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City’s Climate Protection Plan director set to retire next week

Friday, February 18, 2011 by Josh Rosenblatt

It will be the end of an era Feb. 25, when Ester Matthews, director of the Austin Climate Protection Program, retires after more than 25 years in city government. During her tenure, she’s worked for a Council member, the Austin Music Network, and Austin Energy, but in the end it might just be her three years at the helm of the still-nascent, hotly debated Climate Protection Program for which she’ll be best remembered. 


It was in March 2007 that Matthews was given the director’s job at the program, a group assigned the task of implementing the city’s Austin Climate Protection Plan, which Council had approved one month earlier. The plan mandated, among other things, that all city facilities, vehicles, and operations be carbon neutral by 2020 through the expansion of conservation, energy efficiency, and renewable energy programs.


“When I started, we immediately tried to move some of the departments to the GreenChoice renewable program, using carbon-neutral electricity from solar and wind power,” Matthews told In Fact Daily. “We started working with the fleet to find ways to reduce the carbon intensity of the fuels we were using. Then we started looking into the use of biodiesel in our diesel vehicles and shifting to E85, which is 80 percent ethanol, on our police vehicles.”


For the first few years of the program, Matthews and her staff spent most of their time gathering data on the amount of carbon emitted by each city department. “We started doing an inventory of all the emissions by department,” she said, “and once we had two years of that information we went to the departments and said, ‘This is what you need to reduce. This is your total greenhouse gas emissions. You have to reduce that and these are the ways we will help you.’”


Despite their efforts, the program and Matthews have come under fire over the last three years for moving too slowly, for failing to meet deadlines, and for not doing enough to bring down emission levels. But Matthews believes part of the problem is that her department lacks the authority to demand anything of anyone.


“That’s where all of this kind of broke down. There was an assumption on the part of many that I had that kind of authority, but I didn’t because I was an employee in one department reporting to a vice-president of that department,” she said. “I went with the assumption that this was a policy put in place by the Council and all city employees should do whatever they could to implement the policy. We were all directed to do it. I was the one coordinating the reporting on it, trying to give everyone the tools they needed to move in that direction. But the authority was coming from the City Council and the city manager.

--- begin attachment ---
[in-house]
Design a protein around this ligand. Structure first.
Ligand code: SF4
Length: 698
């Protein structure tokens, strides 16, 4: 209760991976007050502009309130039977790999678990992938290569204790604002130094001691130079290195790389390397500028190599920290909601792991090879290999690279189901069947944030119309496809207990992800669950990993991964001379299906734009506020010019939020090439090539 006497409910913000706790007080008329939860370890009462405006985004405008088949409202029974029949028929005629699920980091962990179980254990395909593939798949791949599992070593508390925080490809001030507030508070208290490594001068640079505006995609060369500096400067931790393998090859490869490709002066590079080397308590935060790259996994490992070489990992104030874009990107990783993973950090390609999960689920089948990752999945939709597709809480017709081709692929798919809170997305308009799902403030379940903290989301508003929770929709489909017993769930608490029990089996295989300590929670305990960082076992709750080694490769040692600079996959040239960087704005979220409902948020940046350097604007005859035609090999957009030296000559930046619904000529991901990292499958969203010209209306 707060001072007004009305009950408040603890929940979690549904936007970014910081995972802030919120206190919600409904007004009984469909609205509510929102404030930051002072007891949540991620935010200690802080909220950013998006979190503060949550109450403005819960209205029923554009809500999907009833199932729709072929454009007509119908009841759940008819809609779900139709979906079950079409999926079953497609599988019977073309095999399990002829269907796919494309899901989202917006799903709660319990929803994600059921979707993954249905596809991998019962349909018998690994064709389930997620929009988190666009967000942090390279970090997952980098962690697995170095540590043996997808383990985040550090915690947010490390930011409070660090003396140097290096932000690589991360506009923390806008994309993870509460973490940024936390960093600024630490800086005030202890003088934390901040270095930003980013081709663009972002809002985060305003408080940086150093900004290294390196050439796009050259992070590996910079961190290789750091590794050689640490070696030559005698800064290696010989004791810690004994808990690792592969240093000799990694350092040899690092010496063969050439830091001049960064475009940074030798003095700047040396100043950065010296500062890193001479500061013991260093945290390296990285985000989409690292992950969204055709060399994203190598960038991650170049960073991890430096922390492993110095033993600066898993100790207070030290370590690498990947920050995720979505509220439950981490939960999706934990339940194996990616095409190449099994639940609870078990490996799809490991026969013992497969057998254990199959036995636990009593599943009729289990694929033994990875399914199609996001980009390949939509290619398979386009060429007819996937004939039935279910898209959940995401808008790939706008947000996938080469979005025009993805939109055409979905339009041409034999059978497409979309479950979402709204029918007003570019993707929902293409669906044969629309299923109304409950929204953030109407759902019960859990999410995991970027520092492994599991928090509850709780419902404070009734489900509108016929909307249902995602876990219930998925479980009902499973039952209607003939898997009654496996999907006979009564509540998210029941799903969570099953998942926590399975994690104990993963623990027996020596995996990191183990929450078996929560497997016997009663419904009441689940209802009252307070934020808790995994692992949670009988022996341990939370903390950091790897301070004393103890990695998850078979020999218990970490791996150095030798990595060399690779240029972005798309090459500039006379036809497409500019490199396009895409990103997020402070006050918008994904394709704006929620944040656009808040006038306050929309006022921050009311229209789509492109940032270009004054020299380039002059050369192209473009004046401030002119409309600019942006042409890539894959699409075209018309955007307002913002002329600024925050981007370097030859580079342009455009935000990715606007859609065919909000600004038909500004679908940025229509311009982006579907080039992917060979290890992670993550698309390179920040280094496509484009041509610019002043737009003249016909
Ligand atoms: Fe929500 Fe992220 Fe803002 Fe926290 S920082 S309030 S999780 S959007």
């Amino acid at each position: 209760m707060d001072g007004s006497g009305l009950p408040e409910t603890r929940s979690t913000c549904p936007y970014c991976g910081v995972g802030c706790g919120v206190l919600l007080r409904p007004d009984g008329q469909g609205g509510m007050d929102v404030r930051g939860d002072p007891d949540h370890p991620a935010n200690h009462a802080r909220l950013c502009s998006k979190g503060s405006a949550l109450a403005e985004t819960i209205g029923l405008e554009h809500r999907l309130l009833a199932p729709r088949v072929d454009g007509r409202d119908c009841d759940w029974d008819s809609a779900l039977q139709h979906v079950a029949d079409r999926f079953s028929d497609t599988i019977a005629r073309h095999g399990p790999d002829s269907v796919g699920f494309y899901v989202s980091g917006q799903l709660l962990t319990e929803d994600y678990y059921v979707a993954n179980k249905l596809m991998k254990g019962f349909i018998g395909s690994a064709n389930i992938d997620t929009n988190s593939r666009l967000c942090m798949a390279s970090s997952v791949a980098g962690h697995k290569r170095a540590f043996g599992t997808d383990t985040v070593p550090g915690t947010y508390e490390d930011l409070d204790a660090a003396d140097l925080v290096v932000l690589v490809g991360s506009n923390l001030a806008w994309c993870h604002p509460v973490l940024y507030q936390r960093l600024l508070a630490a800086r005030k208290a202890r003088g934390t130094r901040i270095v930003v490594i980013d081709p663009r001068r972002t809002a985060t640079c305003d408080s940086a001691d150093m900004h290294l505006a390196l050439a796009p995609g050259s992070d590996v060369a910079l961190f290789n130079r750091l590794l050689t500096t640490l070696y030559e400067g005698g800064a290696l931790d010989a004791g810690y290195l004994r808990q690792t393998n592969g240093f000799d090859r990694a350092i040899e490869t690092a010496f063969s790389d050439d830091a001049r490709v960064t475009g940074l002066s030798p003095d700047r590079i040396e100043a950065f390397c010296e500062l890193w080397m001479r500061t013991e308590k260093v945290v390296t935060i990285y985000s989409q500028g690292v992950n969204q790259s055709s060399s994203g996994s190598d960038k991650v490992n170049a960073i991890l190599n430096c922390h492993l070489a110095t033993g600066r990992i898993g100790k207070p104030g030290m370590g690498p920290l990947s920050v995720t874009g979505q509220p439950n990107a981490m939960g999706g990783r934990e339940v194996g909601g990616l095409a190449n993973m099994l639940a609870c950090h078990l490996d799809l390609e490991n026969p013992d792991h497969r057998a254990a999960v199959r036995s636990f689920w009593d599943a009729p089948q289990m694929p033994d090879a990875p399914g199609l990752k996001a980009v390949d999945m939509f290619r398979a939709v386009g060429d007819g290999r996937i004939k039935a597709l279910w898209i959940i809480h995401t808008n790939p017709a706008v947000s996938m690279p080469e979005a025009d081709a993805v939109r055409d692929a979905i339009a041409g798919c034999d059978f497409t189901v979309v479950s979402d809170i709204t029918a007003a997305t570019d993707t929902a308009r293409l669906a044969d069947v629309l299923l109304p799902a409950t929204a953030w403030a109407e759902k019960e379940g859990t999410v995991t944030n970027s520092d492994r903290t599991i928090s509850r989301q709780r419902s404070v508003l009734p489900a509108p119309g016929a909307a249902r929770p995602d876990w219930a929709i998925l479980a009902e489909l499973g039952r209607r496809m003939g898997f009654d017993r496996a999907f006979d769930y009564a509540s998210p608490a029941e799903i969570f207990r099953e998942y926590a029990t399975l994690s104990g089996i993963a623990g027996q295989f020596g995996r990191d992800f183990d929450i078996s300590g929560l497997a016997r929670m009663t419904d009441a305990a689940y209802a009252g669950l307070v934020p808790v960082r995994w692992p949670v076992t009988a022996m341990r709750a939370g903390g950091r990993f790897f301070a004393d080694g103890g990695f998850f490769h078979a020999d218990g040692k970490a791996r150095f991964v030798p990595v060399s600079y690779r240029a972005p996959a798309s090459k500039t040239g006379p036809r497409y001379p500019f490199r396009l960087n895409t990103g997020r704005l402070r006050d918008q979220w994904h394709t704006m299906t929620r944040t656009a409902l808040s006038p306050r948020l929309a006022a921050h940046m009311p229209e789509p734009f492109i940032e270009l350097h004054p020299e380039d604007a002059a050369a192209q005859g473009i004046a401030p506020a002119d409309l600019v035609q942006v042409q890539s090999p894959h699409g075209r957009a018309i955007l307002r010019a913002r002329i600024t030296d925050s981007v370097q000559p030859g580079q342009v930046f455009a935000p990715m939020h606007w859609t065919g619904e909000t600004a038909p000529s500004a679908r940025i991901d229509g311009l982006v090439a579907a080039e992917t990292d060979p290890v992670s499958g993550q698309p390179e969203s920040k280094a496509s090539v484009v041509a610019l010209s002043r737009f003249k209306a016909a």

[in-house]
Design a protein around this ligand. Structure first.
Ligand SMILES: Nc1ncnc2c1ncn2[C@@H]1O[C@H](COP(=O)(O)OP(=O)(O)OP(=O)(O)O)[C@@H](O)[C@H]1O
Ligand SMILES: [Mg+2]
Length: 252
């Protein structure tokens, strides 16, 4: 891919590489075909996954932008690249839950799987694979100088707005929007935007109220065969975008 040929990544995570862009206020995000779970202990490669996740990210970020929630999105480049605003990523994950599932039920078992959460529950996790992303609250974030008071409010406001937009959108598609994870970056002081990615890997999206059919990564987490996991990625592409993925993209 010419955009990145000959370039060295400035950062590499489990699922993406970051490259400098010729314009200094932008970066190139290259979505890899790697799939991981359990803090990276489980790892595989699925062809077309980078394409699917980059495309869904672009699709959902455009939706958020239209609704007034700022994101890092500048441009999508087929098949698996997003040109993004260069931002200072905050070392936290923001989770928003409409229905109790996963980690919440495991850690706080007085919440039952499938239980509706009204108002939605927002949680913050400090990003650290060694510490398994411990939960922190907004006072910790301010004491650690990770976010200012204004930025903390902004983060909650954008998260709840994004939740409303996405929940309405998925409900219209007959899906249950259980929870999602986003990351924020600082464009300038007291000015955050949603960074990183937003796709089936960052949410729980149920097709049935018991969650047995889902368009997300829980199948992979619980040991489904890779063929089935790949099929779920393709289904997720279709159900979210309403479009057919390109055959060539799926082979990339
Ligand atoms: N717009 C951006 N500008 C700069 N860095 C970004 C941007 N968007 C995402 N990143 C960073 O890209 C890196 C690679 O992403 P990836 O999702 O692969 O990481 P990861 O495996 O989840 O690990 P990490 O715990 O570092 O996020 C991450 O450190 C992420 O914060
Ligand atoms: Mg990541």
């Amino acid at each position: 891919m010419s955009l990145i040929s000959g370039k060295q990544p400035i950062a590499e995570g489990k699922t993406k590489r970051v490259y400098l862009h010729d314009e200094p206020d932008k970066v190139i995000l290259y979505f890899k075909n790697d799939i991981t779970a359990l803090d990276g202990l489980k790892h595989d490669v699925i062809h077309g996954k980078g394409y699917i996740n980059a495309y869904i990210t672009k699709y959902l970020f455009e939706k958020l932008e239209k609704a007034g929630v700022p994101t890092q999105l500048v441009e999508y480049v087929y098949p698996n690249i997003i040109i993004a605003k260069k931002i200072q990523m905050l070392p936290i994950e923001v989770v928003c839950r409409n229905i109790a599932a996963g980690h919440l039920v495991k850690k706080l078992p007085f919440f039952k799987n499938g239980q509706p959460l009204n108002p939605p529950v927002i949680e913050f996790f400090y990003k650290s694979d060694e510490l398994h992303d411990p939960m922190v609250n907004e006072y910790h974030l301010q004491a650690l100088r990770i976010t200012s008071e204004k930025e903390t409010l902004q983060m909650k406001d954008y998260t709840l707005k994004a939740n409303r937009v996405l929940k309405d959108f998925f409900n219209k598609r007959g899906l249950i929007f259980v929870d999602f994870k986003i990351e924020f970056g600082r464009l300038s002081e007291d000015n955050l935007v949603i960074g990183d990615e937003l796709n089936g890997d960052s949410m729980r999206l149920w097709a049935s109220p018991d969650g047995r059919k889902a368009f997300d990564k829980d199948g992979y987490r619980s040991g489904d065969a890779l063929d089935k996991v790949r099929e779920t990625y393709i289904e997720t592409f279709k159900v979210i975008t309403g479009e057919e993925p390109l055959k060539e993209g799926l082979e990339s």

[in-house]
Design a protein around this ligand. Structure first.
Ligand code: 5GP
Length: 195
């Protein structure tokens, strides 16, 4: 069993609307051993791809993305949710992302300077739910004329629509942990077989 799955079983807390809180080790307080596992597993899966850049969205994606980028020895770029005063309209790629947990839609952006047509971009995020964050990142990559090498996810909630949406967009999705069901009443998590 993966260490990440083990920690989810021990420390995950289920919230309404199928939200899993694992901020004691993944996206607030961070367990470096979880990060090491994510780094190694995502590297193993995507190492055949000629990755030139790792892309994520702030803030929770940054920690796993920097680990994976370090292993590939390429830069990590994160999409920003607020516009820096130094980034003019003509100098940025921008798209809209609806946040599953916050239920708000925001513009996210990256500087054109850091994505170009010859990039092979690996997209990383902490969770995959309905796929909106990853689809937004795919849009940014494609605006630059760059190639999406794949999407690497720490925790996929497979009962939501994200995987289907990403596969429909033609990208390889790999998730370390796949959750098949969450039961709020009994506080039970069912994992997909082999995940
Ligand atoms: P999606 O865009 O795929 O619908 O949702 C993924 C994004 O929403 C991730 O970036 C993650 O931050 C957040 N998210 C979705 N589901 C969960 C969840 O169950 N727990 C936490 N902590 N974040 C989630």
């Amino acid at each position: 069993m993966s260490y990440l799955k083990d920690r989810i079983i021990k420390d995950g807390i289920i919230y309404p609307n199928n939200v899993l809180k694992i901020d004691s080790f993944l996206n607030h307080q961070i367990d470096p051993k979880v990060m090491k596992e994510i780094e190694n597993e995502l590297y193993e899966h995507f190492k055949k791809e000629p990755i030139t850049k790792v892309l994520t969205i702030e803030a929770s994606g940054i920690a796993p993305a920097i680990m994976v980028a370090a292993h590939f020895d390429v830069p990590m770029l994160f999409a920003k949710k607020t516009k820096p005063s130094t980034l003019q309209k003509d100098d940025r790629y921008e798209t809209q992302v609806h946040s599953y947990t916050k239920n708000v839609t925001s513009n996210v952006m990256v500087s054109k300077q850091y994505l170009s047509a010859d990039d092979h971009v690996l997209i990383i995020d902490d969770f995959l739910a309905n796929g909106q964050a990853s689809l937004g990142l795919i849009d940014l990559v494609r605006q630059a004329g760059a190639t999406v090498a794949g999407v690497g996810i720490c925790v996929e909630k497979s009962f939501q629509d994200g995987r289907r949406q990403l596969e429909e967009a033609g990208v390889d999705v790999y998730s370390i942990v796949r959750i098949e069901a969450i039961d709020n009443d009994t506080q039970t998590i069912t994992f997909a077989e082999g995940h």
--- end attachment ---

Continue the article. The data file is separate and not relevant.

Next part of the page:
“If I went to a department and they said, ‘We don’t want to use biodiesel,’ I would say, ‘Well, I’d be happy to work with you, but you understand it’s the policy of this city? You can’t just say you don’t want to.’”


Despite all manner of bureaucratic difficulties and departmental disagreements, the city’s carbon use did drop by nearly one million metric tons between 2007 and 2009. That’s good, says Matthews, but much more work is needed if the city has any hope of being carbon neutral within nine years.


“We need to move all the city departments to GreenChoice to really make the big effort to demonstrate the most reduction in emissions we can,” Matthews said. “The big departments aren’t on GreenChoice yet – Austin Energy, Austin Water Utility, Aviation, Solid Waste – four of the biggest departments. If we put them on GreenChoice, emissions will be reduced dramatically.”


Under the terms of the Climate Protection Plan, all city facilities and departments are supposed to be using the GreenChoice program by FY2012, eight months from now. Asked whether all the departments are prepared to include GreenChoice as part of their upcoming budgets for the year, Matthews said simply, “As far as I know.”


As Matthews prepares to hand over the reins of the program, perhaps her most lasting achievement is that she got the directors of 23 city departments to come up with their own individual climate protection plans for which they will now be accountable. “Those plans have become a performance measure for the department directors that they are supposed to try and meet these reductions that they committed to in their plans. We created a process where we hung it on the department directors to come up with the plan and made them responsible for reducing emissions to zero by 2020,” said Matthews.


And with that, Matthews will bow out of the city spotlight. But not before she has a chance to say goodbye. All are welcome to join her at a farewell party today, at City Hall from 1:30 to 3:30pm.

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